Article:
The method used to accomplish DNA sequencing is one that replicates natural processes. Scientists use enzyme DNA polymerase, the same enzyme that’s used by the body in DNA replication, to bind to a single strand of DNA and create the other side of the equation.
Then, the scientists run the DNA through a gel to separate the DNA fragments by size. This is a process called gel electrophoresis, and it works based on how quickly the DNA can move through the gel.
Smaller pieces move through faster, so they will cover more distance in a set amount of time. By running DNA through this gel and seeing how far each fragment has traveled, scientists can identify each piece by its size.
At the time of the Human Genome Project, a style of DNA sequencing known as Sanger sequencing was automated in order to meet the volume demands of the project. These days, we have something even better: next-generation DNA sequencing.
The main difference between Sanger sequencing and next-generation sequencing is the output rate. While Sanger sequencing works in a back-to-back way, the next-generation method allows researchers to sequence many fragments in parallel. This multiplies the potential output of a single run.
Why Do We Do DNA Sequencing?
These days, given the new methods and lower costs, there is a multitude of purposes for sequencing DNA. Among these are:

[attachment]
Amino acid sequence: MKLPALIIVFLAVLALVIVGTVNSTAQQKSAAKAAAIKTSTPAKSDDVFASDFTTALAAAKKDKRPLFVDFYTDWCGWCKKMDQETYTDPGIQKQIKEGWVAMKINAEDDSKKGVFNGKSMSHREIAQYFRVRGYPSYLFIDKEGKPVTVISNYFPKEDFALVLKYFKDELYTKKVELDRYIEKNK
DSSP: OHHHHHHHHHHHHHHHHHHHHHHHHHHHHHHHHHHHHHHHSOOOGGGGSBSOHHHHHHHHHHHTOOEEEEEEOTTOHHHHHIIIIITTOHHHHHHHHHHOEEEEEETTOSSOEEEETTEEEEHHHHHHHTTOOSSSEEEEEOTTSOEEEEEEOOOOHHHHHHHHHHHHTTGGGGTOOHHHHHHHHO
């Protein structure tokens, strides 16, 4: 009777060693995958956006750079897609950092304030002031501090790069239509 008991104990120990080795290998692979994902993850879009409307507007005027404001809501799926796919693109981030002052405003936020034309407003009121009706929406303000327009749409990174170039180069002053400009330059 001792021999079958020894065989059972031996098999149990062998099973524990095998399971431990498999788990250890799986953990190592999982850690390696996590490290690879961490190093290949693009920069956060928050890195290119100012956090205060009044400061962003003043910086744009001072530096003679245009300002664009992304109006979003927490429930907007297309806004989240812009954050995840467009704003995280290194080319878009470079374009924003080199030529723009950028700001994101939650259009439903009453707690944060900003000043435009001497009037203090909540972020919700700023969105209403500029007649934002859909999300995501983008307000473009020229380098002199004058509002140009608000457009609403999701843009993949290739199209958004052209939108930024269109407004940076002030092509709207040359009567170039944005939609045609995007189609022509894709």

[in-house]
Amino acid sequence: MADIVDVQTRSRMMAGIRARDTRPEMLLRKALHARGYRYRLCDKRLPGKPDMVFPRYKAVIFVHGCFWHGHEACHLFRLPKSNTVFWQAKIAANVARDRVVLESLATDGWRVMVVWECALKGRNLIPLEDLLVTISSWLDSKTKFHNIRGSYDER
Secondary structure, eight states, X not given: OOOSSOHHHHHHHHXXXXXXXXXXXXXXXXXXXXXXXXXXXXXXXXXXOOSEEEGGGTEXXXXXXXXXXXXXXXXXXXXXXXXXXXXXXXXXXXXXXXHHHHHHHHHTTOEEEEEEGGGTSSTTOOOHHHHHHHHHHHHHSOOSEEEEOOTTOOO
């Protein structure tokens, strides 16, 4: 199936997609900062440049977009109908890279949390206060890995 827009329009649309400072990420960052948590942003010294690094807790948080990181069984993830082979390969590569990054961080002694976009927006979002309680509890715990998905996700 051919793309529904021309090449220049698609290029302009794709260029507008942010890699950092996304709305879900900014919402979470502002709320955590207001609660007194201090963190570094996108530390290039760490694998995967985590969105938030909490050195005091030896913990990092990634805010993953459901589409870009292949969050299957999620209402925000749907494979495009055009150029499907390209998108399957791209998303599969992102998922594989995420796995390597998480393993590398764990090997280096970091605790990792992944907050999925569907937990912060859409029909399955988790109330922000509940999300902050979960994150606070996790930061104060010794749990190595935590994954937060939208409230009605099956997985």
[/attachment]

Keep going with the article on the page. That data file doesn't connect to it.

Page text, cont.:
When there is a virus outbreak, it’s important to know the structure of the virus and how it interacts with the human body. By doing this, we can better track the progression of the disease. DNA sequencing was used to track the Ebola outbreak in the recent past, and it is being used for COVID-19 today.
In the case of COVID-19, it’s not an epidemic we are dealing with, but a pandemic. Scientists are using DNA sequencing to assist contact tracing methods when new cases start to appear in their country. This can be used to determine the origin of outbreaks as the world tries to avoid a second wave.
Finding Better Treatments for Cancer
Using new methods, it’s possible for a cancer patient to have their tumor sequenced in order to see what genetic mutations are involved. This way, they can choose a treatment plan that might have a better chance of working with their specific mutations.
This method of choosing treatment based on a specific genomic sequence is still just a theory, but it’s a strong one. The National Cancer Institute is now working on a project to determine whether this theory holds up.
Learning About the Past
DNA sequencing has become a useful tool for evolutionary biology. Researchers already use a variety of physiological methods to determine whether two creatures share a common ancestor. Being able to sequence DNA from various animals (including humans) has become an illuminating new step in the process.
A New Era of Understanding DNA
So why do we do DNA sequencing—beyond the simple desire to understand DNA in a way we haven’t been able to before? Well, this technological marvel has opened up new uses for DNA sequencing to keep growing.
This is a new era of understanding DNA, and now you know a little more about how it all works together.
Check out the rest of our blog to learn more about the hidden processes going on in our world!